Joyriding pair took vehicle without consent
Two Devon and Cornwall Police constables have been fired after they took a vehicle for a joy ride after stopping it while working on a road safety campaign.
PC Shaun Pearce and PC Daniel Pike were involved in an initiative called 'No Excuses,' cracking down on motorists who speed, use mobile phones, drive under the influence of drinks or drugs or don't wear seat belts.
In January 2019, after seizing a vehicle for an alleged offence they were waiting for a recovery vehicle to take it away when they decided to take it for a spin without the consent of the vehicle’s owner. PC Pearce drove the vehicle for three miles, at one point reaching 89 miles an hour.
The vehicle was returned minutes later to the same position. PC Pike was a passenger and filmed part of the driving, including the excessive speed. This footage was then shared with other officers via a WhatsApp group. The officers then gave an explanation for the necessity to move the vehicle rather than it remain in situ awaiting recovery.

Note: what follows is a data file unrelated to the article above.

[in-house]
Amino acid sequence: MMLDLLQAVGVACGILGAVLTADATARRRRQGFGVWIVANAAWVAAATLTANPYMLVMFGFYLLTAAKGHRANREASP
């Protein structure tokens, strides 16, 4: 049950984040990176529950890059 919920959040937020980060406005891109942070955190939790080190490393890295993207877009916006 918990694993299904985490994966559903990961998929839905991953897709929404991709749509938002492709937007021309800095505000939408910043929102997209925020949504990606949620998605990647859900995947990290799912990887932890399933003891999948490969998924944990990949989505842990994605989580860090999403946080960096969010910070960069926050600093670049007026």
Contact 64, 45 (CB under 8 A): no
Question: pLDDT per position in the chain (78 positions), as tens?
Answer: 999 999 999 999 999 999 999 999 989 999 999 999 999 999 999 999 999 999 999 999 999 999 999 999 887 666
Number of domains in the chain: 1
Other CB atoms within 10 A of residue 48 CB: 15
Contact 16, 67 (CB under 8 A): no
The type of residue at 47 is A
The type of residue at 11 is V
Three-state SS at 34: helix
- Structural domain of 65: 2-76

They've now faced a disciplinary committee accused of breaching the standards appropriate to the conduct of a police officer in respect of honesty, integrity, authority, respect, courtesy, duties and responsibilities, and discreditable conduct.
In a public meeting that lasted three days, a misconduct panel found that their actions amounted to gross misconduct after they breached the expected standards of professional behaviour.
As well as dismissing them without notice, the panel is passing their details to the College of Policing Barred List, preventing them from working in policing again.
Head of professional standards Detective Superintendent Paul Kessell said: "The behaviour displayed by these officers falls well below what the force and the public expect of a police officer.
"Through their actions, they have undermined the public’s trust and confidence in the police force and taken advantage of the responsibility placed on them in their roles.
"We will not tolerate such behaviours and therefore dismissal was the right and proper outcome.”